LA Kings 2019 Midseason Prospect Rankings: The Top Two Players

After nearly a month-long journey through the LA Kings prospect pool, we’ve reached the end of the road. It’s time to officially reveal the top two players in this year’s Midseason Rankings – including the highly coveted No. 1 spot.

Before we get to the unveiling, though… If you’re unfamiliar with our rankings, for nearly a decade this content has become a vital source of player information. Nobody outside the Kings organization talks to more coaches, scouts, and General Managers about LA’s top prospects on a regular basis than the team at MayorsManor. Endless hours go into evaluating players in the Kings pipeline and preparing our write-ups. Additionally, the final slotting of players is influenced by hundreds of hours of game action and debating the team’s prospects with a myriad of well-respected hockey people, including our key sources inside the team’s front office.

For those playing catching up, this article is the latest in a multi-part series. Listed below are links back to other detailed scouting reports recently published:

Opening Statements – updates on Mike Amadio, Matt Luff, Austin Wagner, and Sean Walker

Honorable Mentions – profiles on more than a dozen players, including: Mikey Eyssimont, Nikolai Prokhorkin, Bulat Shafigullin, Johan Sodergran, and Matthew Villalta

10. The College Trio – Sheldon Rempal, Daniel Brickley, and Matt Roy

9. Markus Phillips

8. Akil Thomas

7. Jonny Brodzinski

6. Kale Clague

5. Mikey Anderson

4. Jaret Anderson-Dolan

3. Gabe Vilardi – also features bonus reports on Carl Grundstrom and Sean Durzi

MAYOR’S MANOR 2019 MIDSEASON PROSPECT RANKINGS CONTINUED

2. RASMUS KUPARI: Forward, Oulun Karpart (1st round pick in in 2018, Finland)

“We liked his skill and skating ability right from the start. Then, as we got to know him better, he’s also one of those guys who is a sponge for information. He just wants to get better.” – Christian Ruuttu recently told us.

Now serving as the Kings head European Scout, Ruuttu receives the bulk of credit for initially putting Kupari on the team’s radar and later pushing for the young Finnish forward to be selected in the first round last June. When we caught up with Ruuttu at the World Junior Championship in Vancouver, he couldn’t stop singing the praises of his fellow countryman – and for plenty of good reasons.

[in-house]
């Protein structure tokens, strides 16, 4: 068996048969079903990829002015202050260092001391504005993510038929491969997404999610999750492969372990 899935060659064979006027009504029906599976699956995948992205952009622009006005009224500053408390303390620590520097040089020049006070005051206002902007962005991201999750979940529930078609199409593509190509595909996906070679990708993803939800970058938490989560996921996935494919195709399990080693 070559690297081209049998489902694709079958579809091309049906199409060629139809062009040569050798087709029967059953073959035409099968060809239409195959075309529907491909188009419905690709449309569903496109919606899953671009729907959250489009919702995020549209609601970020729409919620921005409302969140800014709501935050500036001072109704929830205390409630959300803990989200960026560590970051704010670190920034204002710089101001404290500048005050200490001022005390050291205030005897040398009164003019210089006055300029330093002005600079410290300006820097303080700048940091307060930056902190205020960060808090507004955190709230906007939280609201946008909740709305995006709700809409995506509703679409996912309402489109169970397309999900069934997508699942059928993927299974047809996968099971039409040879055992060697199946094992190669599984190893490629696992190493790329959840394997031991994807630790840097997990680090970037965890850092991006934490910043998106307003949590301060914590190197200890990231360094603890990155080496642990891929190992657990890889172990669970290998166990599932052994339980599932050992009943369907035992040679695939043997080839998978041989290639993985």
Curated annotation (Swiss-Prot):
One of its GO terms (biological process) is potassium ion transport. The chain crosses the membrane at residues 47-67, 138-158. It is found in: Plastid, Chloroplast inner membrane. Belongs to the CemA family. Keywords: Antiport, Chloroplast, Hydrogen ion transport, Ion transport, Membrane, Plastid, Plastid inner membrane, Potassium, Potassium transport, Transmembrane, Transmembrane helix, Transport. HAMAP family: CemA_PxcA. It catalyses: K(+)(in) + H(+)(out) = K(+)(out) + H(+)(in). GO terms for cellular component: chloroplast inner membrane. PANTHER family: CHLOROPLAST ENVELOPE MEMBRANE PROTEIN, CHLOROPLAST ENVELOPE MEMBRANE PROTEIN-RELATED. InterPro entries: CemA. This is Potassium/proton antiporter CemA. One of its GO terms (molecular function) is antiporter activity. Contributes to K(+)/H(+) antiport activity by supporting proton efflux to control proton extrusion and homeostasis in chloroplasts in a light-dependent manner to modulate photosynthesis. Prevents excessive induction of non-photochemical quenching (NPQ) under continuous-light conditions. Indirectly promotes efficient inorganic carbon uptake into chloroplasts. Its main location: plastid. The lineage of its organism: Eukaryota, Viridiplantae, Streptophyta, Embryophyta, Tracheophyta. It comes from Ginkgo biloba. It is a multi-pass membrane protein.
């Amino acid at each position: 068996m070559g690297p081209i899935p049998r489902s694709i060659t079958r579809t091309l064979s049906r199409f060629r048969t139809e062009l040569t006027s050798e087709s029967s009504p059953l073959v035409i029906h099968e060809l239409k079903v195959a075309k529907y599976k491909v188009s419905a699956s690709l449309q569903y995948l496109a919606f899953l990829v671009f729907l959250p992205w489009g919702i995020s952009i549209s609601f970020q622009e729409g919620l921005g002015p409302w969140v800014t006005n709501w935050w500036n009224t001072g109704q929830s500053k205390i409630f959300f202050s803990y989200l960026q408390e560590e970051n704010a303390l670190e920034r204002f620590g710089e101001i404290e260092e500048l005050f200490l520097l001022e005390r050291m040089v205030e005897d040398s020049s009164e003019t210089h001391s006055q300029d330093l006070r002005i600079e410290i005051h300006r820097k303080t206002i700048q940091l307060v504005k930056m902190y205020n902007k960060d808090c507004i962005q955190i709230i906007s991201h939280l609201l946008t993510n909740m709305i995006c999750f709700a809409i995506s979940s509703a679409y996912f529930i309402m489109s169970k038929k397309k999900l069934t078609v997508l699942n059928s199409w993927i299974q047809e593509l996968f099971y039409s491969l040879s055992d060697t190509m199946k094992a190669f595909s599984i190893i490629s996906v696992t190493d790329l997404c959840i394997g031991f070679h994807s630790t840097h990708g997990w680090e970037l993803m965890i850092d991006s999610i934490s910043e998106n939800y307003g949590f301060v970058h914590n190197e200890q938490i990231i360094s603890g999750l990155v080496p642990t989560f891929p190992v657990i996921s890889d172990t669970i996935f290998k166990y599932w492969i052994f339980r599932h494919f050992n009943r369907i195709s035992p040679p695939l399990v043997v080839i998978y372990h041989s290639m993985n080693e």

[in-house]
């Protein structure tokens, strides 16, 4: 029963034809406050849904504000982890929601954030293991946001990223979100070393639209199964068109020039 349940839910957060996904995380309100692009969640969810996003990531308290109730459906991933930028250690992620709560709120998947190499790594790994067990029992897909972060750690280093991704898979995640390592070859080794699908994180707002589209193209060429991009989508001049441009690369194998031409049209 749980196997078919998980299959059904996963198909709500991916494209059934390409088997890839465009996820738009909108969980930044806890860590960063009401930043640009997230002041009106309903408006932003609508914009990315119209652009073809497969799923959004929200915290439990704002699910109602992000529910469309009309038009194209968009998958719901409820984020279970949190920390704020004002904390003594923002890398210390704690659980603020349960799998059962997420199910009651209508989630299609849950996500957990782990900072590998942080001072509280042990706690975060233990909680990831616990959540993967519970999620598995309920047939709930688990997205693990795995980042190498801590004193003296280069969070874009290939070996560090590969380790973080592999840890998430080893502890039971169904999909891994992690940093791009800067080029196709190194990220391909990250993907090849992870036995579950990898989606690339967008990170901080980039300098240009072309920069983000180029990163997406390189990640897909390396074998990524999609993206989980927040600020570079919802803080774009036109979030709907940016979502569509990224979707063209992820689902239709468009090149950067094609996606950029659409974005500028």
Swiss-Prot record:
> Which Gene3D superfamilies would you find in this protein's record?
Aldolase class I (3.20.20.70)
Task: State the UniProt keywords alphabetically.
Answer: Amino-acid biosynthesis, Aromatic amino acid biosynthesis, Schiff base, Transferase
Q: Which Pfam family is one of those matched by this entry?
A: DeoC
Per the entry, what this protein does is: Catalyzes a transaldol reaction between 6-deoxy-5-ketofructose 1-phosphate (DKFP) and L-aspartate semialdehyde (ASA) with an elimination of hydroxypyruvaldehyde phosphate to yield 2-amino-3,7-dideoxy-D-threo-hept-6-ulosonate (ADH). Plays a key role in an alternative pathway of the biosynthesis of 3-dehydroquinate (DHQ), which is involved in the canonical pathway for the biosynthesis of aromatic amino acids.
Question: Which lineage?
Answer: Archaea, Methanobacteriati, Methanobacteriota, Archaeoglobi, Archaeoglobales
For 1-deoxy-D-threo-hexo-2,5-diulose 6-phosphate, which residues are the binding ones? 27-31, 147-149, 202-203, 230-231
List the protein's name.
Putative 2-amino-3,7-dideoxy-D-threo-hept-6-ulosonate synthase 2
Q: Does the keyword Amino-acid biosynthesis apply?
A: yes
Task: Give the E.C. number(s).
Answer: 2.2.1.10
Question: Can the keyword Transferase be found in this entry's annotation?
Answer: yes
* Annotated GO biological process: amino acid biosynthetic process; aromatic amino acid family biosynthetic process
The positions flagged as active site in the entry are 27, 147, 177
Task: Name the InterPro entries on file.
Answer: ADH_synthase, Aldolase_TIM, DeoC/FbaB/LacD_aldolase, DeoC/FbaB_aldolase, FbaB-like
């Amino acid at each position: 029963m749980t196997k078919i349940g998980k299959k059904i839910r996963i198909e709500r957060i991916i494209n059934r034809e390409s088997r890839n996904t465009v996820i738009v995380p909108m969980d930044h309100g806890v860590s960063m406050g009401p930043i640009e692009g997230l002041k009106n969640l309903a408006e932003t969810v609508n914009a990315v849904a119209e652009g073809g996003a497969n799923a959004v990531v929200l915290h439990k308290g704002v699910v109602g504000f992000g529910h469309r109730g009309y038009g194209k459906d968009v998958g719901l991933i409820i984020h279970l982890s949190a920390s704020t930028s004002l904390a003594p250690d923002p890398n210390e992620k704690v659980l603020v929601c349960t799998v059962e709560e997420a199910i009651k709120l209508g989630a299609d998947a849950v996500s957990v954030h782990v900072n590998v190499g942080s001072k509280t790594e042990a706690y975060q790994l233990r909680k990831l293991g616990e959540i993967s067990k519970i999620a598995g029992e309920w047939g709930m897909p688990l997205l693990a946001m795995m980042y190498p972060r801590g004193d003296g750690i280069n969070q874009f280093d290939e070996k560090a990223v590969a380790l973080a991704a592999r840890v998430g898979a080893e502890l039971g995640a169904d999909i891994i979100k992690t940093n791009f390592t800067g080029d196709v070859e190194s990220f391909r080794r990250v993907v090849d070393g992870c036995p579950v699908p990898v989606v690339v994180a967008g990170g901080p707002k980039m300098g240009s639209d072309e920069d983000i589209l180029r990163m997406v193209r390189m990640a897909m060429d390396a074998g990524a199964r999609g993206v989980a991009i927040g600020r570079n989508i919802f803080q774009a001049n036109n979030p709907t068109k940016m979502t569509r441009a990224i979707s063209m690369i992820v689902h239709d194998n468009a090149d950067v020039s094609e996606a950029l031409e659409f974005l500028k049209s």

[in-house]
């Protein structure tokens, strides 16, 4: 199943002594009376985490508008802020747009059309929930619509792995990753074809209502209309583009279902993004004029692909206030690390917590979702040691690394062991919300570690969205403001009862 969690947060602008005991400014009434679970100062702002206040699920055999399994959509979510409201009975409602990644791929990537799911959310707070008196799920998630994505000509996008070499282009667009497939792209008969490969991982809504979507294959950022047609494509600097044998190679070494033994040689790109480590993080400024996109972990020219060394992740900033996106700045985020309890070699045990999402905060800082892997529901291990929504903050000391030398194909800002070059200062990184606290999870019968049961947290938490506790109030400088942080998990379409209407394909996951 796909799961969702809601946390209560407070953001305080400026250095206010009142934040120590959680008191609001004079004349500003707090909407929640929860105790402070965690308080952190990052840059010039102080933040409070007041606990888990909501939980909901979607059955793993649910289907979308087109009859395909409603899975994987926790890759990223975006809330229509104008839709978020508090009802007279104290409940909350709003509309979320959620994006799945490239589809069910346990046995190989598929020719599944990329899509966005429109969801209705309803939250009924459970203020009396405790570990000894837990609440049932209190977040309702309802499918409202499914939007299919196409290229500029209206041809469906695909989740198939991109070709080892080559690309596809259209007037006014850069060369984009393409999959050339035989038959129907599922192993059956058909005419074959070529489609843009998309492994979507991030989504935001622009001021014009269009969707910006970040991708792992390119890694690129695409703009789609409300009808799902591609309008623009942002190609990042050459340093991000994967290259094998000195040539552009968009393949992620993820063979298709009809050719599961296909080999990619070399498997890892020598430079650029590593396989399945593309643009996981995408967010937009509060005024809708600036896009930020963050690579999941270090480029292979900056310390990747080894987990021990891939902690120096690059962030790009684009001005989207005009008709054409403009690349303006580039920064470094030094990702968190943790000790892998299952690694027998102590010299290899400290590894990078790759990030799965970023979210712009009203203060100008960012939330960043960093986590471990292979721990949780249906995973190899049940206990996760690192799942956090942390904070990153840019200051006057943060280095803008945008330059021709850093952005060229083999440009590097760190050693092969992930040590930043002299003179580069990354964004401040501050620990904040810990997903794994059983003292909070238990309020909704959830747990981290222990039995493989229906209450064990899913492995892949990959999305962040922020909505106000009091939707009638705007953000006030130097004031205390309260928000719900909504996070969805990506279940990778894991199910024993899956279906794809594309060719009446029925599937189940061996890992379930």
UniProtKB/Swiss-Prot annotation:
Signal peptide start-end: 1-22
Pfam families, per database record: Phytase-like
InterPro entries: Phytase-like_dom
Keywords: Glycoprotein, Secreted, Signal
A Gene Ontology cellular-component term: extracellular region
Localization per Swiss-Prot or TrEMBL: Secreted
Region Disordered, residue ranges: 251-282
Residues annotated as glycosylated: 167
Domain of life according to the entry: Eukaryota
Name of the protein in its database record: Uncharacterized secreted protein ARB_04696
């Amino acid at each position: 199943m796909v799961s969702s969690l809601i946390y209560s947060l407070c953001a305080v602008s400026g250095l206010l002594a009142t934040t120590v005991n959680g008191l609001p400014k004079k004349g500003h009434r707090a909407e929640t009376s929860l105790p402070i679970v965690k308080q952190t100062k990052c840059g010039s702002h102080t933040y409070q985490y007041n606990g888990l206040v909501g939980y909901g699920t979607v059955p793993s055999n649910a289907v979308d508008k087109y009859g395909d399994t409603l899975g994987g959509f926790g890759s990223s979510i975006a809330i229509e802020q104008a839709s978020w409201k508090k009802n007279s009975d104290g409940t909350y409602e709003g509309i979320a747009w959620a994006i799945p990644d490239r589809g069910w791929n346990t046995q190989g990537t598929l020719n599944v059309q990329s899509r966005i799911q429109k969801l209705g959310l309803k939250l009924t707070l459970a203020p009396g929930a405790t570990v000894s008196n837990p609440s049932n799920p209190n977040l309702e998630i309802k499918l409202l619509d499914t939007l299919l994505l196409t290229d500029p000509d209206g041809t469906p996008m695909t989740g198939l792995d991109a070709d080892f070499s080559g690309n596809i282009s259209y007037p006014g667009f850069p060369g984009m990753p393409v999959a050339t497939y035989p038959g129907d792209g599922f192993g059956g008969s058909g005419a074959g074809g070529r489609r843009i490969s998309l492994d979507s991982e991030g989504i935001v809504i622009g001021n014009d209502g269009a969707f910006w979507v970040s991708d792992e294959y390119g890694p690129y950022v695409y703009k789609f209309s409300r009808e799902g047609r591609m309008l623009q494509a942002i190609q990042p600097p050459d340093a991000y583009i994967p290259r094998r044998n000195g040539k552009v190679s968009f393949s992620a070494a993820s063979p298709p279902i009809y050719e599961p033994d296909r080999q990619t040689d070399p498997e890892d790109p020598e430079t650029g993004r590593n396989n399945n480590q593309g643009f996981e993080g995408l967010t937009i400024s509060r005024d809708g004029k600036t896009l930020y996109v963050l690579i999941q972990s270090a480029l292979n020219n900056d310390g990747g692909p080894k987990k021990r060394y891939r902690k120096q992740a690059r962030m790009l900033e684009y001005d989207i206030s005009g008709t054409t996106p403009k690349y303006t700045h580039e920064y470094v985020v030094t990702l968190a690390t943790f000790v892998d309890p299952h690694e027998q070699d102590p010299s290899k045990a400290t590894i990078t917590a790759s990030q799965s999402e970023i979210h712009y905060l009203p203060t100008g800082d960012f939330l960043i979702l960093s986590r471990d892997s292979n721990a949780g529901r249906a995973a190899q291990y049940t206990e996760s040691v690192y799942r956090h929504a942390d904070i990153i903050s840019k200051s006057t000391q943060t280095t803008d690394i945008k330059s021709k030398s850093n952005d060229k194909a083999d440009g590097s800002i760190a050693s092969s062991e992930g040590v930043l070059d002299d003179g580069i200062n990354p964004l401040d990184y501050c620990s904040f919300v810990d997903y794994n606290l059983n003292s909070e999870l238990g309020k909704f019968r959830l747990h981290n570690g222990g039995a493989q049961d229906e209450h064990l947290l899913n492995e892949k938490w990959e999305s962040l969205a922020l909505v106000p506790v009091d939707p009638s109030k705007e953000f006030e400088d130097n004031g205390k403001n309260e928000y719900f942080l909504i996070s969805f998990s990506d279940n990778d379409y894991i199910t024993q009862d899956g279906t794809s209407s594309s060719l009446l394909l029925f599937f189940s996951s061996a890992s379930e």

Kupari is exactly what the doctor ordered for a franchise desperately needing an infusion of high-end talent capable of scoring in the so-called new NHL. Still just 18 years old, Kupari possess elite speed and the ability to stretch coverage while backing off defenders. He is an attack-oriented player, featuring a very quick release combined with an ability to shoot the puck in stride while skating at full speed.

After selecting him 20th overall, the Kings wasted no time immersing Kupari into the organization. He was in Los Angeles a week later – where he attended Development Camp, along with dozens of other Kings prospects – and eventually signed to a three-year Entry Level Contract before being loaned to Karpat of the Finnish League for the 2018-19 season. Last season, he appeared in 39 games for Karpat and posted 14 points (6G, 8A). While that may not seem overwhelming at first glance, remember – that’s a men’s league and he was just 17 at the time. Thus far this season, Kupari has 32 points in 39 games. He also went down with a shoulder injury last month that was expected to keep him sidelined for several weeks. He returned five games later and promptly scored in his first two games back.

“You don’t draft a kid 20th overall and not have high expectations,” one Kings executive told MayorsManor. “But, he’s ahead of where we would have expected him this season. We expected him to be a good Liga player and be a difference maker at the World Junior tournament. Not many people would have expected him to be generating so many points per game on one of the top teams in all of Europe.”